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8 april 2010
In Karin Alvtegen's Missing, new in an American paperback edition in 2009, protagonist Sybilla Forsenström goes off the grid of Sweden's ID, social services, and police networks. She lives on her wits as a grifter, sleeping rough when she has to, melting into provisional identities as needed. Her needs become dire when she is falsely accused of a series of Ripper-like murders. Now, she must use her talents for disguise and disappearance to track down the real killer, before she herself is condemned.
Parts of this premise and plot sound more than a little bit like the late Stieg Larsson's world bestseller The Girl Who Played with Fire. Alvtegen's Missing first appeared in 2000, and Larsson died, leaving the manuscripts of his Lisbeth Salander novels behind, in 2004. It's hard to say whether Missing influenced him or not; for all I know he never read it. Nor are the parallels exact. Forsenström is several years older than Salander, and though she shares some backstory (institutionalization, evil parents) with Salander, she is neither a ferocious computer hacker nor a con artist on Salander's global scale.
In fact, Forsenström must team up with a teenage hacker named Patrik to foil the real murderer. About half of Scandinavia's fictional teens have nothing better to do during their long winters than break into police databases and rearrange the finances of major corporations. Patrik isn't quite in their league yet, but he's doing his apprenticeship.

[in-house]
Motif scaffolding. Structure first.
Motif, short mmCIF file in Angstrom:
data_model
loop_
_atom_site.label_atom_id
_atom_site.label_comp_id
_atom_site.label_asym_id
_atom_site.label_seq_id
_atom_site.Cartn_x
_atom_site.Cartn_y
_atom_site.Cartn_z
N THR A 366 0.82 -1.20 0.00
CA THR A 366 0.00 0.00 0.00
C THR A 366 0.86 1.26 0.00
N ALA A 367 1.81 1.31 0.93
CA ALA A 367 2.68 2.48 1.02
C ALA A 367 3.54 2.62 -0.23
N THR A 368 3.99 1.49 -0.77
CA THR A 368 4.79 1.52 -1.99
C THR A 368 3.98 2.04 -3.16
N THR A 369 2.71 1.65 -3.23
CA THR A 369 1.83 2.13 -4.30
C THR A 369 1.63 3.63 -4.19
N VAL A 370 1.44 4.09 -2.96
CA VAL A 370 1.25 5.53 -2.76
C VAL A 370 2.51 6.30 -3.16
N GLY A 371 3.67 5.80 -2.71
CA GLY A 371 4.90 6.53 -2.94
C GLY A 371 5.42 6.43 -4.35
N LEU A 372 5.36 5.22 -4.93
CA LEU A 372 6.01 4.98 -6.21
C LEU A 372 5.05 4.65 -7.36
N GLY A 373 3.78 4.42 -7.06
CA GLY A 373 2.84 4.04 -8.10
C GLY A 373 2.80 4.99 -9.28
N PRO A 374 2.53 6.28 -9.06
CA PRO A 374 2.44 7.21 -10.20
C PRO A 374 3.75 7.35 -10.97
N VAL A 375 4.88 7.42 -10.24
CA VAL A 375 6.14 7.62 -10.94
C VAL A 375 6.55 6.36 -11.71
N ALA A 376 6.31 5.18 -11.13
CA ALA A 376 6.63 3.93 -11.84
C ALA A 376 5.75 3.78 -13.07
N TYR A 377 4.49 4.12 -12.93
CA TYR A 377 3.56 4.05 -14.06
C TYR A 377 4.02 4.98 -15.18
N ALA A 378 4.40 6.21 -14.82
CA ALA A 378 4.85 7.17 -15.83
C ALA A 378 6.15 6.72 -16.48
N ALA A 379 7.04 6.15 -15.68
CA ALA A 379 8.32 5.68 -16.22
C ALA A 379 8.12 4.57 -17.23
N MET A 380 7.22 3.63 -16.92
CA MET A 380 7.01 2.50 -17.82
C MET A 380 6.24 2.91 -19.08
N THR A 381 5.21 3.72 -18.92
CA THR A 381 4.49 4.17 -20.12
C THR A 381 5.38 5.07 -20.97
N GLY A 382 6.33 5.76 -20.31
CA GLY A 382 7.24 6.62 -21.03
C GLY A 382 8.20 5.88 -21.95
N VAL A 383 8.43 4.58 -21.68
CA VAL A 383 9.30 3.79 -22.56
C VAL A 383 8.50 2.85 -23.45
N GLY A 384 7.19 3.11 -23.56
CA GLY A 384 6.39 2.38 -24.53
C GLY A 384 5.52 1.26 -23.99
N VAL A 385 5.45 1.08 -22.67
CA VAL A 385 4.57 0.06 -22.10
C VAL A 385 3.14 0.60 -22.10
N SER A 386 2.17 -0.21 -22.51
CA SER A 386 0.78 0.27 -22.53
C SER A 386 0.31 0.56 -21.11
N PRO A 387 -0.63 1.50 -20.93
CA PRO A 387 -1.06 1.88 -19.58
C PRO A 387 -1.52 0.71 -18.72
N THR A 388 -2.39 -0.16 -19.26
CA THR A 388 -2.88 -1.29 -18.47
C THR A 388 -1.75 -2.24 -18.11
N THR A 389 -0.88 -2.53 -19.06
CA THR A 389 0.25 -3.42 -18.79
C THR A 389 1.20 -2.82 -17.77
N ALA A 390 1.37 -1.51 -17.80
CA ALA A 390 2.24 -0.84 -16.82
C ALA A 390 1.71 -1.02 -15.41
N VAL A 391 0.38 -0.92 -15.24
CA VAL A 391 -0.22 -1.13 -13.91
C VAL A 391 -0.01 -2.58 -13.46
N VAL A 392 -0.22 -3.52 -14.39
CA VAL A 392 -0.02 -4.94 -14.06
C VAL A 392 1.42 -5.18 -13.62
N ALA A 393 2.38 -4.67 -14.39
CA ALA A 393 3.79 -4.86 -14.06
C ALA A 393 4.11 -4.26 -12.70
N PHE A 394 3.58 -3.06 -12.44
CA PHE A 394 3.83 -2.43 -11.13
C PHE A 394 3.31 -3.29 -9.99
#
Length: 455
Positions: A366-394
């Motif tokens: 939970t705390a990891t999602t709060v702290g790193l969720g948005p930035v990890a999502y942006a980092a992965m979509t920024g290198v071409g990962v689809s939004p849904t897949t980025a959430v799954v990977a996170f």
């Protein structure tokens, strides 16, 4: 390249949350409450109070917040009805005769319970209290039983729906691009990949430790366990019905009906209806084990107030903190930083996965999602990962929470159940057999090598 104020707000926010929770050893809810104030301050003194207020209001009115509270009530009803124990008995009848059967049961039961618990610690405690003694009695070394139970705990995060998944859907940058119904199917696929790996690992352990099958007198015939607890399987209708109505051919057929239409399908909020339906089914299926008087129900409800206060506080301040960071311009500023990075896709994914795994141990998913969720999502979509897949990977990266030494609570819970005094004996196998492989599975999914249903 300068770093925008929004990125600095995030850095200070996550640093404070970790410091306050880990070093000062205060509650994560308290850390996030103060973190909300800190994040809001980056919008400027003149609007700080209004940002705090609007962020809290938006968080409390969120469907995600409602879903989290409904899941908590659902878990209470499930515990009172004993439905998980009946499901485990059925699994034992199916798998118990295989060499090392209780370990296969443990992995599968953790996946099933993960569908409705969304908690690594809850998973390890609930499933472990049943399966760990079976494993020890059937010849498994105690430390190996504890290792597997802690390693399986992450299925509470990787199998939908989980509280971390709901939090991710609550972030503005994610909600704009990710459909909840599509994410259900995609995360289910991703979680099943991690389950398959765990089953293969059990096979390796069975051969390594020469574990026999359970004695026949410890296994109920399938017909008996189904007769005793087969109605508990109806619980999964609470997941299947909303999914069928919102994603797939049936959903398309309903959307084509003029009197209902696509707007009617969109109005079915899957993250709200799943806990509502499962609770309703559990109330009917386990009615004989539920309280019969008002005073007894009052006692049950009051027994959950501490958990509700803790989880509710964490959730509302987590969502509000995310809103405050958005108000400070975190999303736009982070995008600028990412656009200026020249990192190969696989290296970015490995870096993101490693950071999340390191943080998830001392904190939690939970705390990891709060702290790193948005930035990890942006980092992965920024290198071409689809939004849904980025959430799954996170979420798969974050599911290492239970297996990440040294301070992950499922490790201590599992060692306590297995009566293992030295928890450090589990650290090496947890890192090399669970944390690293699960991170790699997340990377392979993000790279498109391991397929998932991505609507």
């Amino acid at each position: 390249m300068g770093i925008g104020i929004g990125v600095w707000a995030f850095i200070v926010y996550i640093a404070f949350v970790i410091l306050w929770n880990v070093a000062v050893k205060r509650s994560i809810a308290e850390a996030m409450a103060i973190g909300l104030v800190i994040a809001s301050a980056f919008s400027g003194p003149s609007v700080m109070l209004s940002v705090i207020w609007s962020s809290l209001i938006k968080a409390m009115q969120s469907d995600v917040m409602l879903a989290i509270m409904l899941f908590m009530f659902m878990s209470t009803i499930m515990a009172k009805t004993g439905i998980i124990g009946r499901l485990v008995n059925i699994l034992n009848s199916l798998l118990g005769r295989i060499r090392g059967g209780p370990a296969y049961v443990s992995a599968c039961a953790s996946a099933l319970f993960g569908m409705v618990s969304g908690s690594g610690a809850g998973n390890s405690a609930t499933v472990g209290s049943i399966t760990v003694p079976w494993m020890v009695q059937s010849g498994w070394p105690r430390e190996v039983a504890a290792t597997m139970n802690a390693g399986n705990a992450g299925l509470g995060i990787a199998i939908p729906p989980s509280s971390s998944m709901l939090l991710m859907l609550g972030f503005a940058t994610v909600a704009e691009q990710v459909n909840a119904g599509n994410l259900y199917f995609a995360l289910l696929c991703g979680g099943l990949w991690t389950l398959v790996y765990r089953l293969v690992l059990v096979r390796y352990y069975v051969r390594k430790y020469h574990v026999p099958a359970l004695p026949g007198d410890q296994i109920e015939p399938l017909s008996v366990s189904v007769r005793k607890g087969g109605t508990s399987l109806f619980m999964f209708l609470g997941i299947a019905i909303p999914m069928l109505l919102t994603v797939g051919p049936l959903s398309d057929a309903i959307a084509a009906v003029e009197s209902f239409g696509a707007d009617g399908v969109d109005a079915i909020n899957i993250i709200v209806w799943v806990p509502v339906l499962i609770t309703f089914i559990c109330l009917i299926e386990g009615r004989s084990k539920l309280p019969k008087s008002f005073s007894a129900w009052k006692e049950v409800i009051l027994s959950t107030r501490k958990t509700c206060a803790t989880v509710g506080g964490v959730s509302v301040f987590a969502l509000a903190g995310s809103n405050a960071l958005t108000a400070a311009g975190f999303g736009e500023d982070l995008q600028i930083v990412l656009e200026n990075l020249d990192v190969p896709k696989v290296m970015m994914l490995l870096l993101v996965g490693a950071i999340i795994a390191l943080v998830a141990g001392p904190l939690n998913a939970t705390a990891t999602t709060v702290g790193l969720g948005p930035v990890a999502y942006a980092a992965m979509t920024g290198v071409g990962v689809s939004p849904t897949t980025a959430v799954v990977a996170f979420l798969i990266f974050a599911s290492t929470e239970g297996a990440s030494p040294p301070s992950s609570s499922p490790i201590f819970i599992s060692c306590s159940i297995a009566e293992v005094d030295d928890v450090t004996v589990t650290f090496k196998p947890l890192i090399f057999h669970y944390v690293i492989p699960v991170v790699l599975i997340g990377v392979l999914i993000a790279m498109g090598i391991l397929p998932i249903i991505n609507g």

Until Patrik shows up and the novel takes a kind of Young Adult turn, it is edgy and unsettling. The best thing about Missing is its sense of a life improvised outside the social contract. Perhaps the intensely communal nature of the Swedish state naturally spawns these fantasies of living life off the books. Can one melt away in the welfare state? Even Sybilla Forsenström needs a mailing address. And Sweden, though vast, has a population about that of North Carolina, mostly concentrated in its southern cities (over a fifth of it in metropolitan Stockholm alone). Swedish thrillers give a sense of wanting to break away from a tightly-knit community into the kind of anonymous existence more usually associated with literary New York or Paris.
Missing is swiftly plotted; even some familiar ideas (like having the murderer speak to us anonymously in occasional interchapters) are familiar enough to race over in pursuit of the next plot point. Publishing house Felony & Mayhem has done a nicely sized, shaped, and covered little paperback edition, though one could wish for lighter type, thicker paper, and a few serifs here and there. But Missing has such legitimate pulp energies that it seems bad form to complain about pulpy appearance.
Alvtegen, Karin. Missing. [Saknad, 2000]. Translated by Anna Paterson. 2003. New York: Felony & Mayhem, 2009 repr. of 2008.